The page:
Friday, September 8, 2017

Cessna 172 Skyhawk, N737QQ, Sunwest Aviation Inc: Fatal accident occurred September 07, 2017 in Bolinas, Marin County, California

The National Transportation Safety Board traveled to the scene of this accident.

Additional Participating Entities:
Federal Aviation Administration / Flight Standards District Office; Oakland, California
Textron Aviation; Wichita, Kansas
Lycoming Engines; Williamsport, Pennsylvania

Aviation Accident Preliminary Report - National Transportation Safety Board: https://app.ntsb.gov/pdf

Sunwest Aviation Inc: http://registry.faa.gov/N737QQ

NTSB Identification: WPR17FA196
14 CFR Part 91: General Aviation
Accident occurred Thursday, September 07, 2017 in Bolinas, CA
Aircraft: CESSNA 172N, registration: N737QQ
Injuries: 1 Fatal.

This is preliminary information, subject to change, and may contain errors. Any errors in this report will be corrected when the final report has been completed. NTSB investigators either traveled in support of this investigation or conducted a significant amount of investigative work without any travel, and used data obtained from various sources to prepare this aircraft accident report.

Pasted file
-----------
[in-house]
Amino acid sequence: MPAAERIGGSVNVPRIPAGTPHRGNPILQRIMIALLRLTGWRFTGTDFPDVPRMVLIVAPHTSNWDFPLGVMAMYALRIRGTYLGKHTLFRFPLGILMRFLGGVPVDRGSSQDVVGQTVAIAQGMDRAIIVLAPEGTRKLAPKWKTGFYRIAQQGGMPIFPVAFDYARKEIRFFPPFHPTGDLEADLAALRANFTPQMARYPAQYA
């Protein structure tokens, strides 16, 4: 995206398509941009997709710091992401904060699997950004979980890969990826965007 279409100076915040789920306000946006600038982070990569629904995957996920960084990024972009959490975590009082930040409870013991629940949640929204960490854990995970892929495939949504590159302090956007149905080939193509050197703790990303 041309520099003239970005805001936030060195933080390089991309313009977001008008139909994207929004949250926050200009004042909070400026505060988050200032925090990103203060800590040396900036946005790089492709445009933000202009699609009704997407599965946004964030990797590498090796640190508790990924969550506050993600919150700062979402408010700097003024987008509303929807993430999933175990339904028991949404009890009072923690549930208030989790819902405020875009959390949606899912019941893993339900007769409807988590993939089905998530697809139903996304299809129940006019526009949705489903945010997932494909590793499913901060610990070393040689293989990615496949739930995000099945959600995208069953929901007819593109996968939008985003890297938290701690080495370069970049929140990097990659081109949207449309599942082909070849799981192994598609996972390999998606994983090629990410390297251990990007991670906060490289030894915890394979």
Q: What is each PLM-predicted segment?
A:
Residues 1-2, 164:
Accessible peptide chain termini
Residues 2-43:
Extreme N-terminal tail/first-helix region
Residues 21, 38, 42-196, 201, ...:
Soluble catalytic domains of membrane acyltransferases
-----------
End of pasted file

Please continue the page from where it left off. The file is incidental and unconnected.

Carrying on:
On September 7, 2017, about 1400 Pacific daylight time, a Cessna 172N, N737QQ impacted trees near the Point Reyes Bird Observatory, Bolinas, California. The airplane was operated under the provisions of 14 Code of Federal Regulations Part 91 as a personal cross-country flight. The private pilot, the sole occupant, rented the airplane from SunWest Aviation, Santa Ynez, California. The pilot was fatally injured, and the airplane sustained substantial damage. Visual meteorological conditions prevailed for the flight that departed from Santa Ynez Airport (IZA) about 1130, and a visual flight rules (VFR) flight plan had been filed for a portion of the flight. The flight was destined for the Charles M. Schulz – Sonoma County Airport (STS), Santa Rosa, California.